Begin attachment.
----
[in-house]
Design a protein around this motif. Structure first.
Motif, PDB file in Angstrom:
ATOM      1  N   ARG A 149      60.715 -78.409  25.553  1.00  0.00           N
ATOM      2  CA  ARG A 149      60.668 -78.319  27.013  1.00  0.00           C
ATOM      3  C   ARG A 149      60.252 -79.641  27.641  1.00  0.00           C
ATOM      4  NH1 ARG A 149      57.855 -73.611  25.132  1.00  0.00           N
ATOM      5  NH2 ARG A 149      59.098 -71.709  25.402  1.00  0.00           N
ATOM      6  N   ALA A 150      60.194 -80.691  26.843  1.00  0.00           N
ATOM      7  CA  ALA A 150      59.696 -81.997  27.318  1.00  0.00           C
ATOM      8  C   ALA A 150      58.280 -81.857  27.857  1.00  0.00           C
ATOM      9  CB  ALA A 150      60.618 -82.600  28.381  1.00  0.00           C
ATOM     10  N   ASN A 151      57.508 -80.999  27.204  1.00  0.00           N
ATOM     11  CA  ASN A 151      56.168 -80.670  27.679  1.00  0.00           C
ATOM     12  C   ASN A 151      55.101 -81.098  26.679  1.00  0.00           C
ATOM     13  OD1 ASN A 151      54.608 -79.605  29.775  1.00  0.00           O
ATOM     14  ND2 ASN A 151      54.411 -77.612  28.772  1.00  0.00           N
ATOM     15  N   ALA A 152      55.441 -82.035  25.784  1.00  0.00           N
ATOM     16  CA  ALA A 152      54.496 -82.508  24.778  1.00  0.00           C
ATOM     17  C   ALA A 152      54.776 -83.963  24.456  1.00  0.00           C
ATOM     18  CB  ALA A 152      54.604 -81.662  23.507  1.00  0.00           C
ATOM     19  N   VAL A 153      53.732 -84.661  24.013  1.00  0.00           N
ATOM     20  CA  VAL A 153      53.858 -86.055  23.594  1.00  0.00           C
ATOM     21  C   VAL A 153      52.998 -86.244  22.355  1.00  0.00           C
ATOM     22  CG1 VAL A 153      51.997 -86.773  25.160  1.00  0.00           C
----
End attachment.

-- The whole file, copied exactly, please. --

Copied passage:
[in-house]
Design a protein around this motif. Structure first.
Motif, PDB file in Angstrom:
ATOM      1  N   ARG A 149      60.715 -78.409  25.553  1.00  0.00           N
ATOM      2  CA  ARG A 149      60.668 -78.319  27.013  1.00  0.00           C
ATOM      3  C   ARG A 149      60.252 -79.641  27.641  1.00  0.00           C
ATOM      4  NH1 ARG A 149      57.855 -73.611  25.132  1.00  0.00           N
ATOM      5  NH2 ARG A 149      59.098 -71.709  25.402  1.00  0.00           N
ATOM      6  N   ALA A 150      60.194 -80.691  26.843  1.00  0.00           N
ATOM      7  CA  ALA A 150      59.696 -81.997  27.318  1.00  0.00           C
ATOM      8  C   ALA A 150      58.280 -81.857  27.857  1.00  0.00           C
ATOM      9  CB  ALA A 150      60.618 -82.600  28.381  1.00  0.00           C
ATOM     10  N   ASN A 151      57.508 -80.999  27.204  1.00  0.00           N
ATOM     11  CA  ASN A 151      56.168 -80.670  27.679  1.00  0.00           C
ATOM     12  C   ASN A 151      55.101 -81.098  26.679  1.00  0.00           C
ATOM     13  OD1 ASN A 151      54.608 -79.605  29.775  1.00  0.00           O
ATOM     14  ND2 ASN A 151      54.411 -77.612  28.772  1.00  0.00           N
ATOM     15  N   ALA A 152      55.441 -82.035  25.784  1.00  0.00           N
ATOM     16  CA  ALA A 152      54.496 -82.508  24.778  1.00  0.00           C
ATOM     17  C   ALA A 152      54.776 -83.963  24.456  1.00  0.00           C
ATOM     18  CB  ALA A 152      54.604 -81.662  23.507  1.00  0.00           C
ATOM     19  N   VAL A 153      53.732 -84.661  24.013  1.00  0.00           N
ATOM     20  CA  VAL A 153      53.858 -86.055  23.594  1.00  0.00           C
ATOM     21  C   VAL A 153      52.998 -86.244  22.355  1.00  0.00           C
ATOM     22  CG1 VAL A 153      51.997 -86.773  25.160  1.00  0.00           C